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Ohio Valley Resource, Appalshop reporter Becker among Nieman special reporting fellowship winners


A rural reporter, a small-city editor and an investigative reporter and editor from Puerto Rico the first recipients of a new fellowship from The Nieman Foundation at Harvard University “to support reporting and public service investigations in under-served news markets,” as it is described by the Boston-based Abrams Foundation, which funds it.

The 2019 Abrams Nieman Fellows for Local Investigative Journalism are Benny Becker, a reporter for Appalshop’s WMMT in Whitesburg, and Ohio Valley ReSource, a collaborative of public radio stations serving Indiana, Kentucky, Ohio and West Virginia; Nathan Payne, executive editor of the Traverse City Record-Eagle, a Community Newspaper Holdings Inc. daily in a Northern Michigan town of 14,000; and Laura N. Pérez Sánchez of Puerto Rico.

After two semesters at Harvard with other Nieman fellows, the Abrams fellows will receive funding for up to nine months of fieldwork at home, where they will work on a public service reporting project and participate in specialized journalism education. Becker plans to research ways to fund infrastructure “in rural communities that are struggling with the collapse of an extractive economy,” which describes the Central Appalachian coalfield in which he lives.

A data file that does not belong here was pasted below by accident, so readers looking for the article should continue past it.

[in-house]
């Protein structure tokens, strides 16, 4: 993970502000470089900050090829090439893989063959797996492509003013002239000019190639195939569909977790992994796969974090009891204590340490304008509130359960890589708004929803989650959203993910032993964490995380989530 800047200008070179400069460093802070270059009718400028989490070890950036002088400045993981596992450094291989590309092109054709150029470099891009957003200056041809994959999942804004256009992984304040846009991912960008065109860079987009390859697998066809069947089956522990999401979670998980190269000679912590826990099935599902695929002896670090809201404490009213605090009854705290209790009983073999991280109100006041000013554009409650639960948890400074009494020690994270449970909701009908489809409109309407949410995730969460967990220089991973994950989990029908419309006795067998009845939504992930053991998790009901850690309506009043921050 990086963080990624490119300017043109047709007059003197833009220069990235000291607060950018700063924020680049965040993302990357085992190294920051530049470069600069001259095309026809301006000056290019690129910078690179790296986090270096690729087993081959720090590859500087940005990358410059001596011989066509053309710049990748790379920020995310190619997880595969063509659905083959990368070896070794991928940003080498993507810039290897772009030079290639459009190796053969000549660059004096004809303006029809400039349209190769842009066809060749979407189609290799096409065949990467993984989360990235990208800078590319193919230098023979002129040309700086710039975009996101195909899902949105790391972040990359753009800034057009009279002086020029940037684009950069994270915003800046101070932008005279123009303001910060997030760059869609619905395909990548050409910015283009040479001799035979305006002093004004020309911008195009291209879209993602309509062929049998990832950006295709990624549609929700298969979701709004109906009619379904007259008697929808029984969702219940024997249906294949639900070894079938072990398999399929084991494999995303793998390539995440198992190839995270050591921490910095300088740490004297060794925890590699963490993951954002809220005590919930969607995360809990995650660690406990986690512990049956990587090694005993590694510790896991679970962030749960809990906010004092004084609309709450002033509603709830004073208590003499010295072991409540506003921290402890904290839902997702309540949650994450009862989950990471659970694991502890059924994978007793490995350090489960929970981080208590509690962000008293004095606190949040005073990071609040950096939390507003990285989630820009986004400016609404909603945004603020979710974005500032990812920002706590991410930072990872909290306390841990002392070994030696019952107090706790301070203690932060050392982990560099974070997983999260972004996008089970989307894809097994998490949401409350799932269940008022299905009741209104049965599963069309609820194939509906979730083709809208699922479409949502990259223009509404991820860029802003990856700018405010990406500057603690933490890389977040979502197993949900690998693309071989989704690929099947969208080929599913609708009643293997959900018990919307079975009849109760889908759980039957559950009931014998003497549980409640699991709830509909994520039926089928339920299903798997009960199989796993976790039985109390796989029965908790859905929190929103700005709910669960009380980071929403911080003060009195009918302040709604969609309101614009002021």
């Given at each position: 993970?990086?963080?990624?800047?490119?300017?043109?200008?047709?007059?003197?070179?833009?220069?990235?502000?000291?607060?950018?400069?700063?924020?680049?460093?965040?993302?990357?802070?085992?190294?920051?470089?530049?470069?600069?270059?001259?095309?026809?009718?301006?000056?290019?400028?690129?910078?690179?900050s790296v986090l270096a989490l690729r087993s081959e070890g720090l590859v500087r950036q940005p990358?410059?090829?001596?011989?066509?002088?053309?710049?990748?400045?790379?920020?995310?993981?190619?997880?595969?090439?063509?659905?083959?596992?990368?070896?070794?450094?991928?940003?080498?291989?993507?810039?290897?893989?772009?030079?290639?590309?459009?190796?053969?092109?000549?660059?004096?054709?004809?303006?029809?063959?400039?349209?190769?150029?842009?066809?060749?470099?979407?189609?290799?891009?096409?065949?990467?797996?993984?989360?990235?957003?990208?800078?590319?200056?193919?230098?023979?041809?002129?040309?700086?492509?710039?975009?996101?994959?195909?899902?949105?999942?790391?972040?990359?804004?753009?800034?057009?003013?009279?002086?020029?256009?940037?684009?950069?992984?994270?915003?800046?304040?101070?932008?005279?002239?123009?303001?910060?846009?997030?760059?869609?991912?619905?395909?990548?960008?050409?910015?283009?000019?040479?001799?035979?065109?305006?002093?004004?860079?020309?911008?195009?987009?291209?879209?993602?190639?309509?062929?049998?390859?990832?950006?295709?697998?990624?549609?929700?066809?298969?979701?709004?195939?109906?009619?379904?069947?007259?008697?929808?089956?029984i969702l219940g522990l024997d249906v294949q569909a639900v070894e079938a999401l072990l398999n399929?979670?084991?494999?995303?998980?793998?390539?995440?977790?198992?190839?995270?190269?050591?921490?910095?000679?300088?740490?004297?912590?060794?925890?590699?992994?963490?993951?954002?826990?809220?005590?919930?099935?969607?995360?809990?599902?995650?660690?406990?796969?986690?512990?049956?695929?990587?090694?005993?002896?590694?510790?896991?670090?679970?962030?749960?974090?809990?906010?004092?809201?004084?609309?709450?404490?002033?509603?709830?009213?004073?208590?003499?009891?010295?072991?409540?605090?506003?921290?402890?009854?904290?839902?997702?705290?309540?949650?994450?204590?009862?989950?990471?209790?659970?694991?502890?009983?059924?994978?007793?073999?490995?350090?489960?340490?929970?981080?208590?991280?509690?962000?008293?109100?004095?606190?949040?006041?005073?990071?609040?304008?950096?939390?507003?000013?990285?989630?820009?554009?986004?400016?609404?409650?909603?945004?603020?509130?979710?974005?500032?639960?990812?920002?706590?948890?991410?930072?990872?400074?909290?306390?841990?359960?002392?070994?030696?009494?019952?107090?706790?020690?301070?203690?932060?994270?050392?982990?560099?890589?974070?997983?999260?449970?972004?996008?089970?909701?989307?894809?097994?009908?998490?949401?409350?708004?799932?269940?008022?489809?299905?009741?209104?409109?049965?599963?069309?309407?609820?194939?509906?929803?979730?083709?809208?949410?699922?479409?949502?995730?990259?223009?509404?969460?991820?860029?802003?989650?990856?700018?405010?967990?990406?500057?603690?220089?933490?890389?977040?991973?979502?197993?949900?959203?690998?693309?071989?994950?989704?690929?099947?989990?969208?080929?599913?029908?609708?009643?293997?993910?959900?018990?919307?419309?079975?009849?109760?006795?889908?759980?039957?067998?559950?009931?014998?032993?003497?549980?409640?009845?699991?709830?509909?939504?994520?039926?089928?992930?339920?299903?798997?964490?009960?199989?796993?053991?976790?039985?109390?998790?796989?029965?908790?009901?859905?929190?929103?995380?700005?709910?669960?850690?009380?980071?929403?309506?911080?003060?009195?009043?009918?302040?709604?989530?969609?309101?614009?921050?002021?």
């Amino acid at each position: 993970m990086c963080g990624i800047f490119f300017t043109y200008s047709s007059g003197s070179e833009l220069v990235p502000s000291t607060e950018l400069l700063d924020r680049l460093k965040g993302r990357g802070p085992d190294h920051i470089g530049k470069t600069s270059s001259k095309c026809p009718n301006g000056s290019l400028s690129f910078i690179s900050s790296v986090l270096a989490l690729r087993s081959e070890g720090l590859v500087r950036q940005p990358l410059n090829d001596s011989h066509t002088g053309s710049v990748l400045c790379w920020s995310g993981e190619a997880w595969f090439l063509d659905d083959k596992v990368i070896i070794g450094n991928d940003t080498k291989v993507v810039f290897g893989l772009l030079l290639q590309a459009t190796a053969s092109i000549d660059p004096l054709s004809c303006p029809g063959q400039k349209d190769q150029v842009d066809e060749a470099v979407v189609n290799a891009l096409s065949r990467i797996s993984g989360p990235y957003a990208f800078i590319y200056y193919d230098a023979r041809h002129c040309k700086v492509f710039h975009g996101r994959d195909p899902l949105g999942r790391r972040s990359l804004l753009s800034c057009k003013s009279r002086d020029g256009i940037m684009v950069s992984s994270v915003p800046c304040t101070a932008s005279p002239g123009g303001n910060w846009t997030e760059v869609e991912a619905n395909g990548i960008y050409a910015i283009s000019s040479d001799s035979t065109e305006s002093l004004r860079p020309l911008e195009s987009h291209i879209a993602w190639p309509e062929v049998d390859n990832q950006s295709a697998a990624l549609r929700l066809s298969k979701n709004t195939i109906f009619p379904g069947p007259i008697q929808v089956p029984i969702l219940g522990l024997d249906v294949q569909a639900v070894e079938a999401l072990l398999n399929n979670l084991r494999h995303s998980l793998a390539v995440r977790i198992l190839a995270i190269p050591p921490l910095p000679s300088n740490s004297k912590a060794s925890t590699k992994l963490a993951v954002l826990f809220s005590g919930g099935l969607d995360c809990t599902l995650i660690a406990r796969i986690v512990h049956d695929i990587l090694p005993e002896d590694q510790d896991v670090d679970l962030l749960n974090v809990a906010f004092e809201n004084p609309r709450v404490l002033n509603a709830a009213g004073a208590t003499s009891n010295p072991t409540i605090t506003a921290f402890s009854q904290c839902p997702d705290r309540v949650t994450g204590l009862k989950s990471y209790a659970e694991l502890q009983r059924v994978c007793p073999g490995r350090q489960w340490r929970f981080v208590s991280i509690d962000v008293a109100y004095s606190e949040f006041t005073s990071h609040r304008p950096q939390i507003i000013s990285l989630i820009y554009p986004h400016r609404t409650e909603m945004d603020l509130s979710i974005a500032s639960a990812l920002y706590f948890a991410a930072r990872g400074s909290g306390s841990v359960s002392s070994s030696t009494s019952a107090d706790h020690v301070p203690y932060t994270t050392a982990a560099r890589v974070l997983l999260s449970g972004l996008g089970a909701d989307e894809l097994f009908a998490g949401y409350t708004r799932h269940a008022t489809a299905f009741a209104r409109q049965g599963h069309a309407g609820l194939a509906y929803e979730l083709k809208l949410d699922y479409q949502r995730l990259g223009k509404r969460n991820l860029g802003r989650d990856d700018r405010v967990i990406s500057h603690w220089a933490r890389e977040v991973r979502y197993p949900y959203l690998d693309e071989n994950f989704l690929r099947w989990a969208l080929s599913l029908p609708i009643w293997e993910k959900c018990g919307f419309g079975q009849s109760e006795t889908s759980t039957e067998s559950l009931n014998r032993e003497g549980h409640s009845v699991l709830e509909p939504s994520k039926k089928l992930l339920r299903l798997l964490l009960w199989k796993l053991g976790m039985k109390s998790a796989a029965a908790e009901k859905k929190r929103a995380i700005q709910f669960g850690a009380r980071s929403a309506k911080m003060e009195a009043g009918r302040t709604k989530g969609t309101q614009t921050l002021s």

Payne plans to study the impact of data-driven investigative journalism on public perceptions of local media organizations, with special attention to the effects of mental health policies on local communities. Pérez Sánchez will examine Puerto Rico’s reconstruction and use of relief funds after Hurricane Maria. (A “Frontline” documentary that aired on PBS last night suggests there is still plenty of news to cover on that front.)

The Nieman fellowships are generally considered the leading mid-career fellowships for journalists. None of the Michigan-Wallace fellows at the University of Michigan or the John S. Knight fellows at Stanford University, also announced Tuesday, have a rural background.

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The Rural Blog is a digest of events, trends, issues, ideas and journalism from and about rural America, from the IRJCI, based at the University of Kentucky. The Institute for Rural Journalism and Community Issues is an extension program for rural journalists and news outlets. It takes no positions on issues and advocates only for strong news coverage, responsible commentary and things that make them possible, such as open-government laws. For more information see www.RuralJournalism.org.


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